England take on South Africa next month. How bored will you be every time someone asks you about your South African roots?
(Laughs) I'm sure I'll get some abuse, but I've got to be hardened to it. The reality is, I was born and raised in South Africa and hopefully now I'll be playing against them. I know I am going to get talked about but I am who I am and that's the way it is. The fact is, I'm hugely honoured to represent England.
Describe the feeling of scoring a hundred on your Test debut.
Relief, absolute relief. There's happiness in there too, but I'd liken it most to a pressure release. It's like you've accomplished what you set out to do, what you've wanted to achieve since you were a kid.
So what is the secret to scoring a debut ton?
Luck! Everyone needs a bit of luck - and getting an opportunity. A lot of work goes on behind the scenes when it comes to scoring any runs.
What is it like to make your Test debut in India?
India is mad. It's like nowhere else I've played. You have thousands of people singing, dancing and screaming Kohli's name. Then they go back to the team hotel and wait hours to meet their heroes. Before the Test series there, we had one kid bowl to us in the nets, and he bowled exactly like Ashwin. He'd watched thousands of hours of footage to exactly replicate Ashwin's action. The passion and love is something really special.
You have played with Joe Root the batsman. What will it be like to play under Joe Root the captain?
Rooty is a fantastic bloke who brings a real vibe and aura. To play under that kind of character will be sensational. It's always great to watch him bat, too, hopefully from the other end.
Talk us through the moment you were first called up by England.
I was actually in Dubai when the phone rang and I got the call from James Whitaker. Before that, Andy Flower and I had gone for a beer where we'd discussed the success of a Lions tour and I thought I might be close. I tried to ring my dad after I got the call but he didn't answer! He was on a flight, so I was straight on the phone to my brother.
What is the best thing about having a dad who is a coach?
That you're exposed to the change-room environment - and what it takes to be a professional - from a young age.
And the worst?
I took a lot of abuse. It was the worst aged nine or ten when I was told that my dad was the only reason I'd got in the team. Then I got the "At least I'm the best player in my family" sledges after that.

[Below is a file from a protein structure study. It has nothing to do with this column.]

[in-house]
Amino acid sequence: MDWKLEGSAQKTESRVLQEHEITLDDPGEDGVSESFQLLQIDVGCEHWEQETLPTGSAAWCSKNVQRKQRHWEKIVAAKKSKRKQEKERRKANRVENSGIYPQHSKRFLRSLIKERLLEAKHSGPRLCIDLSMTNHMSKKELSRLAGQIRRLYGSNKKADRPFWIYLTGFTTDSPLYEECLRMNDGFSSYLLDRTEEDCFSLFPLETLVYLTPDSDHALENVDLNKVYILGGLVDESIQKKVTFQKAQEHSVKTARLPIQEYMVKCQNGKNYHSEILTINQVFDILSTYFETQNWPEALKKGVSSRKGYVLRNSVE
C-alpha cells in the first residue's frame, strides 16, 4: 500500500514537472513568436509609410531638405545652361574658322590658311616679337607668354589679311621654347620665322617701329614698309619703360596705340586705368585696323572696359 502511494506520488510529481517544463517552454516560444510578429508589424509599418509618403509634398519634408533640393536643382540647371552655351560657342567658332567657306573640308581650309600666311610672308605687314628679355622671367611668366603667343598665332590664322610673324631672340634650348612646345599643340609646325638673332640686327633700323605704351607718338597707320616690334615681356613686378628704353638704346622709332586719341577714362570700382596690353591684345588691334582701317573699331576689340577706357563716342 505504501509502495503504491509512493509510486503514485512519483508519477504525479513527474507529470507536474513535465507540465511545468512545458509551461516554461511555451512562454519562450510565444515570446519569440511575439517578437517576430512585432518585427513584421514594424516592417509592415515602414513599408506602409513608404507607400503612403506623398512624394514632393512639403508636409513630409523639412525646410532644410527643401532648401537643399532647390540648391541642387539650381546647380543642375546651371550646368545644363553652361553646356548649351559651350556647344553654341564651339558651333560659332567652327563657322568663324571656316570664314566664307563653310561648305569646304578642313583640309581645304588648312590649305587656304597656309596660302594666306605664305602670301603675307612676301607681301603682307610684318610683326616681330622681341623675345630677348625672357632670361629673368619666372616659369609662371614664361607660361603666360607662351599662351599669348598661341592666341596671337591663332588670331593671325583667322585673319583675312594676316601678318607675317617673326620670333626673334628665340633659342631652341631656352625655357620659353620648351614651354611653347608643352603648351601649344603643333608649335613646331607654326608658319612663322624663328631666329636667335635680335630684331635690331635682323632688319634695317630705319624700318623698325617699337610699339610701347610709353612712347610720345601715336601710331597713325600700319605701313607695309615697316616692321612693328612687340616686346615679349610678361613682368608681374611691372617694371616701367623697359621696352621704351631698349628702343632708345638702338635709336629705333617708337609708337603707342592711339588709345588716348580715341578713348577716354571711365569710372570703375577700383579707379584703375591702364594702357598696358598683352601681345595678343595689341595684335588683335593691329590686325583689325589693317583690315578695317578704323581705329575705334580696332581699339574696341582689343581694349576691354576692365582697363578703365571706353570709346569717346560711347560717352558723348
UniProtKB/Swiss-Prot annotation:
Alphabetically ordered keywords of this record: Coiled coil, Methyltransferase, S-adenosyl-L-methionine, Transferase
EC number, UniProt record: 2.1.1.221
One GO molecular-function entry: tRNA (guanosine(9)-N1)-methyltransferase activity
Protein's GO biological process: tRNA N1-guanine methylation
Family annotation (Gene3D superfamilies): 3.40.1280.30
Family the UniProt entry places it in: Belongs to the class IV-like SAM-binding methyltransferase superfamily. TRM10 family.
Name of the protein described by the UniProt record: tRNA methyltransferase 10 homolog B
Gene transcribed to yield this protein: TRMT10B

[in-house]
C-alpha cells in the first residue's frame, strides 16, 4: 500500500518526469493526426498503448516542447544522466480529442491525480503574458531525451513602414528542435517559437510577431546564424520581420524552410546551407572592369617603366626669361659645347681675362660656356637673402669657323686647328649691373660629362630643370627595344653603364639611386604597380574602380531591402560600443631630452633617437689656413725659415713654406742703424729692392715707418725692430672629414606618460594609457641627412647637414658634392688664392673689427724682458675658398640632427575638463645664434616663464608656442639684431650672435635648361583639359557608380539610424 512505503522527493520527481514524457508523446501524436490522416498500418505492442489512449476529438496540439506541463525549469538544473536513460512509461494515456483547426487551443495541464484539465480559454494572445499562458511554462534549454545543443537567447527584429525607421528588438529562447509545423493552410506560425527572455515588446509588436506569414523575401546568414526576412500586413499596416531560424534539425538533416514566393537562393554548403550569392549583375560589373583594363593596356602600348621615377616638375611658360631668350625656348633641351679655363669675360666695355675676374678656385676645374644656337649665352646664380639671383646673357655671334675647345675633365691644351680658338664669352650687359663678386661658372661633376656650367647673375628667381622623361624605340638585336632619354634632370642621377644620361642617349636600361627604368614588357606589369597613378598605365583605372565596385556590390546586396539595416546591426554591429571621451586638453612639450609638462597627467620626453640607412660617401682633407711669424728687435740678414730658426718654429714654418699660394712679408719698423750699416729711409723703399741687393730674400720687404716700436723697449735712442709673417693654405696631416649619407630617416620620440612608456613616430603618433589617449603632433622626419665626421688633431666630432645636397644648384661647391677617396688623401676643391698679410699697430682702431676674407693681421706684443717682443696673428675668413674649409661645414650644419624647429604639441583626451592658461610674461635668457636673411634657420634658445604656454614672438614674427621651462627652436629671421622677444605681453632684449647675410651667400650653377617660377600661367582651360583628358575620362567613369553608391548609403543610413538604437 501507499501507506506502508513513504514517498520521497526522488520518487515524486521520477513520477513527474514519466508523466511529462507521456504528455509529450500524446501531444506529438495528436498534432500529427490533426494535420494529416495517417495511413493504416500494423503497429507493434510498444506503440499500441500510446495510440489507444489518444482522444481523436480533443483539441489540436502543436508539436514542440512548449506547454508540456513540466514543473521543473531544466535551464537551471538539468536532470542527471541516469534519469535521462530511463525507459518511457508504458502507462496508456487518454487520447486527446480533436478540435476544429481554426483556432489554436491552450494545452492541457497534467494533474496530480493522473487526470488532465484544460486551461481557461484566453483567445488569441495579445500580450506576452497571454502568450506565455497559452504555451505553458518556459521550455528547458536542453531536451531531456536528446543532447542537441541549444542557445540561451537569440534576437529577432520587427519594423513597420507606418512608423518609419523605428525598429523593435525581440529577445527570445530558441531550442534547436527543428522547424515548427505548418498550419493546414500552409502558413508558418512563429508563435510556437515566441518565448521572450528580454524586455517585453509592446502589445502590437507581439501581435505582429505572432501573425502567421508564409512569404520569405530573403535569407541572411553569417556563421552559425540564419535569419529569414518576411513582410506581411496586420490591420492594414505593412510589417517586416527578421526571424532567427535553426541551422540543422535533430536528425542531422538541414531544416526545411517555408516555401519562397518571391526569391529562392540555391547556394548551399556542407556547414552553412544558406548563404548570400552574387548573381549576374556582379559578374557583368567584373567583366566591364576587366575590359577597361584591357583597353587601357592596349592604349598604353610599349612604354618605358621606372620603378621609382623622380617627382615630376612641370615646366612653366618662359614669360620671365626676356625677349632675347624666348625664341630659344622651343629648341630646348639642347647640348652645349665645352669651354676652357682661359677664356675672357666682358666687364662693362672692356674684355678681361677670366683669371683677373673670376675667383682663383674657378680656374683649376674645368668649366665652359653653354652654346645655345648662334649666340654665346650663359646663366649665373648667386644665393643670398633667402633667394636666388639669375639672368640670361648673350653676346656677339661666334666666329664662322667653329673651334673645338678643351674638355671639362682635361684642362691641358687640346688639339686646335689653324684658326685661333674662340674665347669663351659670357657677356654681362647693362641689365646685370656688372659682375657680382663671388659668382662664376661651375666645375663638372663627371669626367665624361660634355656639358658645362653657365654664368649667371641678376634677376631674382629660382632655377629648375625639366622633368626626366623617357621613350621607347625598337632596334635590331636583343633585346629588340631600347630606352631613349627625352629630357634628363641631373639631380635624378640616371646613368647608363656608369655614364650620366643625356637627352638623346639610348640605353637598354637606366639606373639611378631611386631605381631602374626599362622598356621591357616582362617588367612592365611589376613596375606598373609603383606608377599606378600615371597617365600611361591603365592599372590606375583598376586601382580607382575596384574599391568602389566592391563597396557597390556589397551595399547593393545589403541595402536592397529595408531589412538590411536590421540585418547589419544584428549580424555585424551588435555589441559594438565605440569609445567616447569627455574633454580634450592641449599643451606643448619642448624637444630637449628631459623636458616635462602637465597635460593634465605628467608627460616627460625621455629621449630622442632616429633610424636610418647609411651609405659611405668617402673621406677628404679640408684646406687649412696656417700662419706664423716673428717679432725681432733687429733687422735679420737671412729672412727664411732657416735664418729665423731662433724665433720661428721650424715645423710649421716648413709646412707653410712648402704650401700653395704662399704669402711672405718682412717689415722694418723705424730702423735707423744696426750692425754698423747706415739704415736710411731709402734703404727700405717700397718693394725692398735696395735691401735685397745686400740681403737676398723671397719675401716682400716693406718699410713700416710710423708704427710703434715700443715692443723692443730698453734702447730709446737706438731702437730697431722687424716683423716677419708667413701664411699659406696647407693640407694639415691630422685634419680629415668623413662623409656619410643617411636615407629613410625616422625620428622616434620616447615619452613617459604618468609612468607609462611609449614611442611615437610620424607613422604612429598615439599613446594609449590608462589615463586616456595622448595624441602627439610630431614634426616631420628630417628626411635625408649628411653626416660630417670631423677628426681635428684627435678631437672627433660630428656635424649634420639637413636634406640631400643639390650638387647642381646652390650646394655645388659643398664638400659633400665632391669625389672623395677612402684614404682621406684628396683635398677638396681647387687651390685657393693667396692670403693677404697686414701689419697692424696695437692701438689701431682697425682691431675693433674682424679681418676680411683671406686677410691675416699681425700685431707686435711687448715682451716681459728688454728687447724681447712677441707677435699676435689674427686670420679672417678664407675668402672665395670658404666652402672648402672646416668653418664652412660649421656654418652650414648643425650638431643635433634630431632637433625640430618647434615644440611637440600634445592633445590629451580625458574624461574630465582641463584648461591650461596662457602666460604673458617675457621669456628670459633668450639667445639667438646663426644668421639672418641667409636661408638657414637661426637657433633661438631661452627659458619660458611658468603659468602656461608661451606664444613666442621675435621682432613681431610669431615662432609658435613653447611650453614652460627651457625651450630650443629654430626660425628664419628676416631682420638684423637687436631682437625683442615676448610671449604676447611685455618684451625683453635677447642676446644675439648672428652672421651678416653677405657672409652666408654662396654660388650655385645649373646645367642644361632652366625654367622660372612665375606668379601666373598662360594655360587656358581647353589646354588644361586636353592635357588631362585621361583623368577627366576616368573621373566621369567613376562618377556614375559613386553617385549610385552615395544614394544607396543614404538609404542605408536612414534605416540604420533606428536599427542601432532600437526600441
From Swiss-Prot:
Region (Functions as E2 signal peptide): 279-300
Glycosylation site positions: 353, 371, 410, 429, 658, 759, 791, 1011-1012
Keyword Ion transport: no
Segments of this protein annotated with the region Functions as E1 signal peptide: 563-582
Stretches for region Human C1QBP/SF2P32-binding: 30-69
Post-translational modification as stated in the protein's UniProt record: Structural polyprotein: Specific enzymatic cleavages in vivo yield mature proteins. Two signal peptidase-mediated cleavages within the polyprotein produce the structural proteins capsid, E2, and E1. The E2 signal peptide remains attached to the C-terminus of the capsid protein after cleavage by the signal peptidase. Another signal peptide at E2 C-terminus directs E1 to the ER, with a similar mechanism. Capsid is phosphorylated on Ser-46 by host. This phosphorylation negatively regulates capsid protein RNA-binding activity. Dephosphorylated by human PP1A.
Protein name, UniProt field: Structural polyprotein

It's tipping it down and you are off for rain. Which team-mate do you try to avoid?
Mark Wood. He has the boredom level of a three-year-old. He's always going round the changing room, cutting socks. He's cost me a couple of hundred quid before too, when he chipped my tooth after a deadly tackle and I ended up at the dentist.
You have the huge honour of playing under Paul Collingwood, who is still getting it done, aged 41. What is it like to play under someone old enough to be your dad?
Colly is amazing. He's forgotten more about cricket than most of us have ever learnt. The Evergreen is awesome and I hope he keeps on playing.
So what will you be doing at 41?
Hopefully still taking slip catches as well as he is! Although once I'm done with cricket, I want to go into business.
How many grips do you have on your bat?
One. There's a few different theories that go around. Gareth Breese at Durham used to have three on there - but one just seems to sit nicely in the hand.
What's your favourite shot?
The on-drive. I don't hit many, but when you do, there's no better feeling in cricket.
Who is the toughest bowler you have ever faced?
There's been a few but for me it was Alfonso Thomas a few years ago. He was just such hard work to face at his best. Chris Rushworth is tricky too, and I always end up trying to avoid him in the nets.
Which of your team-mates is the best footballer?
Paul Collingwood. He may be old but he's a savvy player and he knows what he's doing.
And the worst?
I have to be up there! Bar me, it's got to be Barry McCarthy. He's like a traffic cone who doesn't move and just stands out on the wing.
Name one thing the average cricket fan doesn't know about you.
That I love food, absolutely love it. I eat a horrendous amount.
Which of your team-mates would you least like to have on a pub quiz team?
Ryan Pringle. After every workshop we do, Chris Rushworth does a quiz. Pringle doesn't come out of them that well, put it that way.
You are stuck on a desert island and you can only bring three items. What do you take?
I'm into my music so I'd take my iPod and a pair of speakers. And a hat, because I'm going to burn otherwise.
What's the best piece of advice you've ever been given?
Watch the ball because it's a tough game if you don't.